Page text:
RIKEN is expected to hold a press conference Wednesday, in which several leading officials, including Masatoshi Takeichi, are expected to be replaced. The institute is expected to be renamed and have its staff of about 400 researchers cut in half, Nikkei writes.
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Japan Lab Fails to Replicate Stem Cell Findings
23 hours ago The zebrafish (Danio rerio) owes its name to a repeating pattern of blue stripes alternating with golden stripes. Credit: MPI f. Developmental Biology/ P. Malhawar
The zebrafish, a small fresh water fish, owes its name to a striking pattern of blue stripes alternating with golden stripes. Three major pigment cell types, black cells, reflective silvery cells, and yellow cells emerge during growth in the skin of the tiny juvenile fish and arrange as a multilayered mosaic to compose the characteristic colour pattern.
While it was known that all three cell types have to interact to form proper stripes, the embryonic origin of the pigment cells that develop the stripes of the adult fish has remained a mystery up to now. Scientists of the Max Planck Institute for Developmental Biology in Tbingen have now discovered how these cells arise and behave to form the ‘zebra’ pattern. Their work may help to understand the development and evolution of the great diversity of striking patterns in the animal world.
Beauty in the living world amazes poets, philosophers and scientists alike. Nobel prize laureate Christiane Nsslein-Volhard, Director of the Department for Genetics at the Max Planck Institute for Developmental Biology, has long been fascinated by the biology behind the colour patterns displayed by animals. Her group uses zebrafish as a model organism to study the genetic basis of animal development.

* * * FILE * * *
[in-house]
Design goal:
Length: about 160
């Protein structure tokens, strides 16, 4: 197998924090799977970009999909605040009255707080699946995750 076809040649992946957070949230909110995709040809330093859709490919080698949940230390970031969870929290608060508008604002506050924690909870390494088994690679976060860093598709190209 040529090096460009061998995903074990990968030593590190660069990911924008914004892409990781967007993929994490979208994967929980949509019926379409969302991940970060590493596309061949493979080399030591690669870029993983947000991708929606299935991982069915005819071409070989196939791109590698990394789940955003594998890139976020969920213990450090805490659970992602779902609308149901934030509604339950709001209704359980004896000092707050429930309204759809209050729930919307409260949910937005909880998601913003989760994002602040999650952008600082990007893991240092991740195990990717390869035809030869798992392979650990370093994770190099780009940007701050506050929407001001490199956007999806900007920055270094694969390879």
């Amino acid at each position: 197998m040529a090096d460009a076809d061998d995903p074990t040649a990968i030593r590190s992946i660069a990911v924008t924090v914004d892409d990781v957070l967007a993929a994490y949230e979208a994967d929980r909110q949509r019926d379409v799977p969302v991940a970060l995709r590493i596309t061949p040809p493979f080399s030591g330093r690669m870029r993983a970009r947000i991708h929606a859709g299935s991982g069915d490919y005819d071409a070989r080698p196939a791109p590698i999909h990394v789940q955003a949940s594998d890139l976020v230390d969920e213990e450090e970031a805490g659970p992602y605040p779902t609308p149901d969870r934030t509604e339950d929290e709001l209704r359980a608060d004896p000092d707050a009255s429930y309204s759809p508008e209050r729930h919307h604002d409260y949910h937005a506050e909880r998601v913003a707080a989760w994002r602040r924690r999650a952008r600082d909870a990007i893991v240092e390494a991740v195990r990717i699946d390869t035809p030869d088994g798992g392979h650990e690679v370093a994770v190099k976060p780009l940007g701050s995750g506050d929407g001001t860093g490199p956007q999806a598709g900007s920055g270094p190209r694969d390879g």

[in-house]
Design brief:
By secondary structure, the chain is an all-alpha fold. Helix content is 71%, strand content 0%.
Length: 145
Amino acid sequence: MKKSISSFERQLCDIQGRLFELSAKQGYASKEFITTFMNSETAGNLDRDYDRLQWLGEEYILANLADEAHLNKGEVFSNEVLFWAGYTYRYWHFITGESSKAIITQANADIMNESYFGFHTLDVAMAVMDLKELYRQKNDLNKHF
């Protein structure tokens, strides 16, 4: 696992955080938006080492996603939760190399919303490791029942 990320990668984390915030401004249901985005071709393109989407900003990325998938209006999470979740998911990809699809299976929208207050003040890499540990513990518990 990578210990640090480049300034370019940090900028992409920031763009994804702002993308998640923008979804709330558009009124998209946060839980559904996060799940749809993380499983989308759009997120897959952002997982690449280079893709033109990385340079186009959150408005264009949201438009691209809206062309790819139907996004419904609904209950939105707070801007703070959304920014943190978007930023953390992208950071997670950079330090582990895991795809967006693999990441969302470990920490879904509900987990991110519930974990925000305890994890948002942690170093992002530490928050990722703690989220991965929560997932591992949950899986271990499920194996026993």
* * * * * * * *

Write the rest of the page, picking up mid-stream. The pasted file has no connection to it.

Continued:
New research by Nsslein-Volhard’s laboratory published in Science shows that the yellow cells undergo dramatic changes in cell shape to tint the stripe pattern of zebrafish. “We were surprised to observe such cell behaviours, as these were totally unexpected from what we knew about colour pattern formation”, says Prateek Mahalwar, first author of the study. The study builds on a previous work from the laboratory, which was published in June this year in Nature Cell Biology (NCB), tracing the cell behaviour of silvery and black cells. Both studies describe diligent experiments to uncover the cellular events during stripe pattern formation. Individual juvenile fish carrying fluorescently labelled pigment cell precursors were imaged every day for up to three weeks to chart out the cellular behaviours. This enabled the scientists to trace the multiplication, migration and spreading of individual cells and their progeny over the entire patterning process of stripe formation in the living and growing animal. “We had to develop a very gentle procedure to be able to observe individual fish repeatedly over long periods of time. So we used a state of the art microscope which allowed us to reduce the adverse effects of fluorescence illumination to a minimum,” says Ajeet Singh, first author of the earlier NCB study.